Would you get your money back if your bank went bust?

Savers outside Northern RockToday marks five years since the run on Northern Rock – and the official start of the global banking catastrophe that caused the 'credit crunch'.

Here, we look at how savers rights have changed since that fateful day, and what protection is now in place should a bank go bust.

On September 14 2007, hoards of worried savers besieged branches of Northern Rock due to fears that the troubled bank was about to collapse.

The shocking scenes heralded the start of the recession in the UK and were quickly followed by the near-failures of high street banks such as Lloyds TSB and HBOS.

Despite the ongoing economic problems, however, today's savers are much less worried about the banks to which they give their nest eggs going bust.

Research from the Financial Services Compensation Scheme (FSCS) indicates that two thirds - or 66% - of savers now believe that they would definitely or probably get their money back if a bank went bust.

At the other end of the scale, just 12% think that they would lose their hard-earned cash.

That is not to say that there will never be similar scenes should news of another bank teetering on the edge of collapse emerge, though.

Some 25% of the savers questioned by the FSCS researchers admitted that they would try to immediately withdraw their money from their bank if it appeared to be in trouble.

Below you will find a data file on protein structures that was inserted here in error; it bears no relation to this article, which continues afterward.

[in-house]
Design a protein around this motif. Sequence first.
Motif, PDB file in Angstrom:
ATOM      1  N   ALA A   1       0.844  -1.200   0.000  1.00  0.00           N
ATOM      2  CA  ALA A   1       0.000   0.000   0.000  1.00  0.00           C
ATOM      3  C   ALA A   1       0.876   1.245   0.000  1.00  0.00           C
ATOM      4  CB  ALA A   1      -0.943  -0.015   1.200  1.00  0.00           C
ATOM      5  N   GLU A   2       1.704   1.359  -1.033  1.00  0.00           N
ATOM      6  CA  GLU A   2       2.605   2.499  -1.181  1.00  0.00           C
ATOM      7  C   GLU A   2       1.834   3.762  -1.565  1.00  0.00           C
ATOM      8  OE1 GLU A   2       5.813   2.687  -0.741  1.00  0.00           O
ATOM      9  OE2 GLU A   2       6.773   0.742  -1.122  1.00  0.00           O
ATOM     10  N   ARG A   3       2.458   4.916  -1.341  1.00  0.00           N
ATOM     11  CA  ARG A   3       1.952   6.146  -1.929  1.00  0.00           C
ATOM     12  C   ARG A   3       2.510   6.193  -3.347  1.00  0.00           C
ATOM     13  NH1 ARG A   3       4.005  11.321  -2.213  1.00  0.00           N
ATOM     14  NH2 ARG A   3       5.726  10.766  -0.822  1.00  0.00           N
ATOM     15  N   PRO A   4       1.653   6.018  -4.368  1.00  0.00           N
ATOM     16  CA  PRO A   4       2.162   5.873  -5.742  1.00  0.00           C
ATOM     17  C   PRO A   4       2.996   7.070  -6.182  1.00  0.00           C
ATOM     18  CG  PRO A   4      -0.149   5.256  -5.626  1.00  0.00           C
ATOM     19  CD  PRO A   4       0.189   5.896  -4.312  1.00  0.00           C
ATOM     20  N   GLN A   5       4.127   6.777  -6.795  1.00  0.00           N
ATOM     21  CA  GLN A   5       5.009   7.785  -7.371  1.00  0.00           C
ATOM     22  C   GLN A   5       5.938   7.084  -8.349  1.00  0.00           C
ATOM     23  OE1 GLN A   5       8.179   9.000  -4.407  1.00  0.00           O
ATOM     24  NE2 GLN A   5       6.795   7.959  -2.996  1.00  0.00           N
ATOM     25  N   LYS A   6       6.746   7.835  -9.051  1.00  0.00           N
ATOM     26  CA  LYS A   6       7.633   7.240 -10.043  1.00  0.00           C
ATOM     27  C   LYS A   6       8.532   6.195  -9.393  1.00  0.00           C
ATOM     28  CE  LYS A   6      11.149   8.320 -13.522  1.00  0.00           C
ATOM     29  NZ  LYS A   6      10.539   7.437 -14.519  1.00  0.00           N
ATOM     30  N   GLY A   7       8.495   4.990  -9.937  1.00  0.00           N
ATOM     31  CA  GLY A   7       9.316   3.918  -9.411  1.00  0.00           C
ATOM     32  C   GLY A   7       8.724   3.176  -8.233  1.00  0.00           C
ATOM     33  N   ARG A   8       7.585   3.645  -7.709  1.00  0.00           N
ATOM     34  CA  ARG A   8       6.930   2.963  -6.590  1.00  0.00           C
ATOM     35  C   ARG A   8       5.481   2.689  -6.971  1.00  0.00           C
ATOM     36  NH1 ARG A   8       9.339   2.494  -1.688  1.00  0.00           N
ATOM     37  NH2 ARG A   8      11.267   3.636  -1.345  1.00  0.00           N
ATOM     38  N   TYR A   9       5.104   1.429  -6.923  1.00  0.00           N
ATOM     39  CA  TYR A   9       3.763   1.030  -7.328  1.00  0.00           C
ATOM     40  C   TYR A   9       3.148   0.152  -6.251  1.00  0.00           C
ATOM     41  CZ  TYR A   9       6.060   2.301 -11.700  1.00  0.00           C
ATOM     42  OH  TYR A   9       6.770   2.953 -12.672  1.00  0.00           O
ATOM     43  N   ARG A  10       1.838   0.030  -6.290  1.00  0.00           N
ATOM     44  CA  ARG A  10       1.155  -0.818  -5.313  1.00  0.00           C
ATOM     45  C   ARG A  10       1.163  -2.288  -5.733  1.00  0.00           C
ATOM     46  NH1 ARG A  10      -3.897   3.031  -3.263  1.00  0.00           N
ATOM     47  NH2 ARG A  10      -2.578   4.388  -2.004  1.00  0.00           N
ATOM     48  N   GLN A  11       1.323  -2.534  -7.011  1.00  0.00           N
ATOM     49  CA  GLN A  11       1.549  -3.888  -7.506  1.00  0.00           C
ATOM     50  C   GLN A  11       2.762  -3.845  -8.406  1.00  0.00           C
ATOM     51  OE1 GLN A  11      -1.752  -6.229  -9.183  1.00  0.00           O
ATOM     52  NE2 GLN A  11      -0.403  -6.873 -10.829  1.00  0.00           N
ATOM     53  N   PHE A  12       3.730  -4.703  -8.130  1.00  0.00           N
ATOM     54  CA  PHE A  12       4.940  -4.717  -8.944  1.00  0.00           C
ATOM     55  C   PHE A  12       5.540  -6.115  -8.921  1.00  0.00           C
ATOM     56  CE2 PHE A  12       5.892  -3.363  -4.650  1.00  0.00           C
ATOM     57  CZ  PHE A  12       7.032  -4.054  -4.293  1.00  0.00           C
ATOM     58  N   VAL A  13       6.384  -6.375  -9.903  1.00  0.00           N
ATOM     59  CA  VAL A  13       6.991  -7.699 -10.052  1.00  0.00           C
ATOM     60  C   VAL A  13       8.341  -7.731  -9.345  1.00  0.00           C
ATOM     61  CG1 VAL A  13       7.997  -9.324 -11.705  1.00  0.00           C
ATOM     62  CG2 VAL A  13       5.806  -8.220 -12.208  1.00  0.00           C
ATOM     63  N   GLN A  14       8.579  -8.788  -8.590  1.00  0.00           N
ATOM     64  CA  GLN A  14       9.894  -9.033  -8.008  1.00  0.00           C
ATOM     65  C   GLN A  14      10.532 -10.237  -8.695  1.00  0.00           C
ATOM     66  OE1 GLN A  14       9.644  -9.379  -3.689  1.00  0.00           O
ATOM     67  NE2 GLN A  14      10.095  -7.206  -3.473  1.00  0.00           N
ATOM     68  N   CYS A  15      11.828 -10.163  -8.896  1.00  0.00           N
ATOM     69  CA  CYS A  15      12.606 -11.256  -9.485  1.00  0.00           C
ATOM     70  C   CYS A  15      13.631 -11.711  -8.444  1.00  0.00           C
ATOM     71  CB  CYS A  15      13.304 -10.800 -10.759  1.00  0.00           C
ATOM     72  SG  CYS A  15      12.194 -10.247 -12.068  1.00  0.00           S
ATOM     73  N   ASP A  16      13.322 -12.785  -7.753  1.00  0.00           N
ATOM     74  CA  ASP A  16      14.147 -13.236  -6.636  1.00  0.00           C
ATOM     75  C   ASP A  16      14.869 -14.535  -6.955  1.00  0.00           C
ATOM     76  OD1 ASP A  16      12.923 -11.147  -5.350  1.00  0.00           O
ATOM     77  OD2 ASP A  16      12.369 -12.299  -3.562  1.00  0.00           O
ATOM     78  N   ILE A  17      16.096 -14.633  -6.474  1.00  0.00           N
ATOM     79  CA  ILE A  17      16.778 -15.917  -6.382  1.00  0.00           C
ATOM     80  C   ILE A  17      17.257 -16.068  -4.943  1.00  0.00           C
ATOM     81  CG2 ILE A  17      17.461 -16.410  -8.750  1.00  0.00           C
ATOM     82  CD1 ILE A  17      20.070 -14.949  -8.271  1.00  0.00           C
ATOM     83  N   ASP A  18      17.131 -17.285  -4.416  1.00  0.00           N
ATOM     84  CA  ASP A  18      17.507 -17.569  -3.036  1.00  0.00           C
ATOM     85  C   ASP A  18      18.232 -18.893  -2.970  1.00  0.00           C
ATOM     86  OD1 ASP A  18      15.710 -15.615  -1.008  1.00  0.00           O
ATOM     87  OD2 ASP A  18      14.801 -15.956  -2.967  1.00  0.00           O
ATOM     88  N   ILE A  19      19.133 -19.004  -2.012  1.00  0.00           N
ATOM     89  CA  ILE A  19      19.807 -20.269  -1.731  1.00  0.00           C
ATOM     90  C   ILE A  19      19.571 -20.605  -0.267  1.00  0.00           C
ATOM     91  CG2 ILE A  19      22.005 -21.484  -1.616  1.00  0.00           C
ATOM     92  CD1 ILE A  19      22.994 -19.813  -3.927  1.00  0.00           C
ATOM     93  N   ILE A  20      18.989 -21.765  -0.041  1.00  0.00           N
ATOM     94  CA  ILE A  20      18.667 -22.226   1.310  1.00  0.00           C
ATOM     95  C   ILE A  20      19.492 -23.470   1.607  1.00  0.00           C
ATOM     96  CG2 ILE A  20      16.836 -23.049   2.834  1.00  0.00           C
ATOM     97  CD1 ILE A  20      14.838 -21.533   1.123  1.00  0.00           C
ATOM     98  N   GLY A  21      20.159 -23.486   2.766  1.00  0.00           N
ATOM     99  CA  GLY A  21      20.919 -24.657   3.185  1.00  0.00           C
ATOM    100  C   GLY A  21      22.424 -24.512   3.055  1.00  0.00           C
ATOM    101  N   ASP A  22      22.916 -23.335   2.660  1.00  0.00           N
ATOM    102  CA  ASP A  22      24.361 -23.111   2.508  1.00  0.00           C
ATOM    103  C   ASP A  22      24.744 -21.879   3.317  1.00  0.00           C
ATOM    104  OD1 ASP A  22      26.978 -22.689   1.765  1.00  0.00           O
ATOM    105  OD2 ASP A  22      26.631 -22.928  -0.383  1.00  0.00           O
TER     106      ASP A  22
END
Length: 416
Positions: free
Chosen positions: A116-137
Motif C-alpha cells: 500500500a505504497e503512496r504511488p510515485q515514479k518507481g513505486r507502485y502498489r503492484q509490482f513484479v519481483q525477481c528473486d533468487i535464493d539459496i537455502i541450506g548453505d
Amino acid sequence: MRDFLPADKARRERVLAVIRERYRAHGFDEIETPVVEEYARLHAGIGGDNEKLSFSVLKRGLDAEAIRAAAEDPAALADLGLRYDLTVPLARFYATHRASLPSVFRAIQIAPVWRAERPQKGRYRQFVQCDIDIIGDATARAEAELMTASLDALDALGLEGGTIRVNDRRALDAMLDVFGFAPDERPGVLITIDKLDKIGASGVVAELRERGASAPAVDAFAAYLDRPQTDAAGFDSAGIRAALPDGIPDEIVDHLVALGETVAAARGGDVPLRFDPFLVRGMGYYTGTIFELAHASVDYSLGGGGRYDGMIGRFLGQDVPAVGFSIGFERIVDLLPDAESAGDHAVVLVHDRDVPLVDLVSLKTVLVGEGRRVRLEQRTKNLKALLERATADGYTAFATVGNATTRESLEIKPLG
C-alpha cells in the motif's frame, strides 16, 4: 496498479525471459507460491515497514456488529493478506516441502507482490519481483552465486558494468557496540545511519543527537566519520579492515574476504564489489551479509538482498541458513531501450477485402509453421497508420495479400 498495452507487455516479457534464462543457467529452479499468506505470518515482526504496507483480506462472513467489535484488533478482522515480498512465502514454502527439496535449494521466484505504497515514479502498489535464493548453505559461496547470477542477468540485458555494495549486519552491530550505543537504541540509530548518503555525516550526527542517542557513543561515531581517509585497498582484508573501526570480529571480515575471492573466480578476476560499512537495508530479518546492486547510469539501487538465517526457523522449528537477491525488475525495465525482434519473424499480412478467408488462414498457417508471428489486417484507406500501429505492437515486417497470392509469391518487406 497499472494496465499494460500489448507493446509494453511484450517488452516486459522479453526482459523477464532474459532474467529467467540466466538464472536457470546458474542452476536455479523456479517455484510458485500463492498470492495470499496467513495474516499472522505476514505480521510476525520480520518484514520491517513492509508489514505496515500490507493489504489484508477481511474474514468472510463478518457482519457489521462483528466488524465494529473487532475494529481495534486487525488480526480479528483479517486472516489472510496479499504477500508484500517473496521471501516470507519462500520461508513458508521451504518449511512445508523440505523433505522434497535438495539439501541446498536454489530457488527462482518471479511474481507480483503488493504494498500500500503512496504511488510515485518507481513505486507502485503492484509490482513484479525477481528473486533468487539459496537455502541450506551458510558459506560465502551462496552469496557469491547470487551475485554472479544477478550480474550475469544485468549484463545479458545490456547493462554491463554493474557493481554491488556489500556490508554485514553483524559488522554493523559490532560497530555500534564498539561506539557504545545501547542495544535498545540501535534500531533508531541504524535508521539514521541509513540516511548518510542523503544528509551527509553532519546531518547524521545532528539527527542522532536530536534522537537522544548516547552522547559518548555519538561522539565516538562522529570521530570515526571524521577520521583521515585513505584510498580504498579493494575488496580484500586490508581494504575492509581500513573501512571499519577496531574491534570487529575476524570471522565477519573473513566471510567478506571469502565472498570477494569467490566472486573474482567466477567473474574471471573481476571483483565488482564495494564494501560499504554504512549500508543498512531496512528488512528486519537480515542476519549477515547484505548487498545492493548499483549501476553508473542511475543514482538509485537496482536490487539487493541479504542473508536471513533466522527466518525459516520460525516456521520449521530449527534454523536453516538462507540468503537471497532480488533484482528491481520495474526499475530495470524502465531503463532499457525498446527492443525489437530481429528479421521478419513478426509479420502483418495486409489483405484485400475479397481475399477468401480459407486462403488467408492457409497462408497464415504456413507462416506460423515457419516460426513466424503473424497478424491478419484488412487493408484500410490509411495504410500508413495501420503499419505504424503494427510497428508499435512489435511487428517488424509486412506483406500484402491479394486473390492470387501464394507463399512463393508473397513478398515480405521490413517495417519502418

What many of them still fail to realise is that, even if a bank or building society does go under while their money is in one of its accounts, they are fully protected up to £85,000 by the FSCS.

Mark Neale, Chief Executive of FSCS, said: "The run on Northern Rock and the bank failures of 2008 are still a vivid memory for many people.

"However, the last five years there has been a significant improvement in FSCS protection for people's deposits. The limit is now £85,000 so the vast majority of people are covered."

What is the FSCS and how does it protect me?
The FSCS, which is funded by a compulsory levy paid by the financial services industry, protects consumers if banks, building societies or credit unions go bust.

It dates from 2001, since when it has helped more than 4.5 million people by paying out more than £26 billion in compensation.

However, most people were unaware of it until the credit crunch hit, at which time the maximum protection offered to any one individual was £50,000. Since then, the FSCS has raised the compensation limit to £85,000.

In the unlikely event of a bank or building society going bust, the vast majority of people would therefore get their money back in seven days.

Savers with larger amounts are advised to spread their money between a number of different account providers to ensure that no one bank or building society safeguards more than £85,000 of their money.

10 things we hate about our banks

10 things we hate about our banks

More stories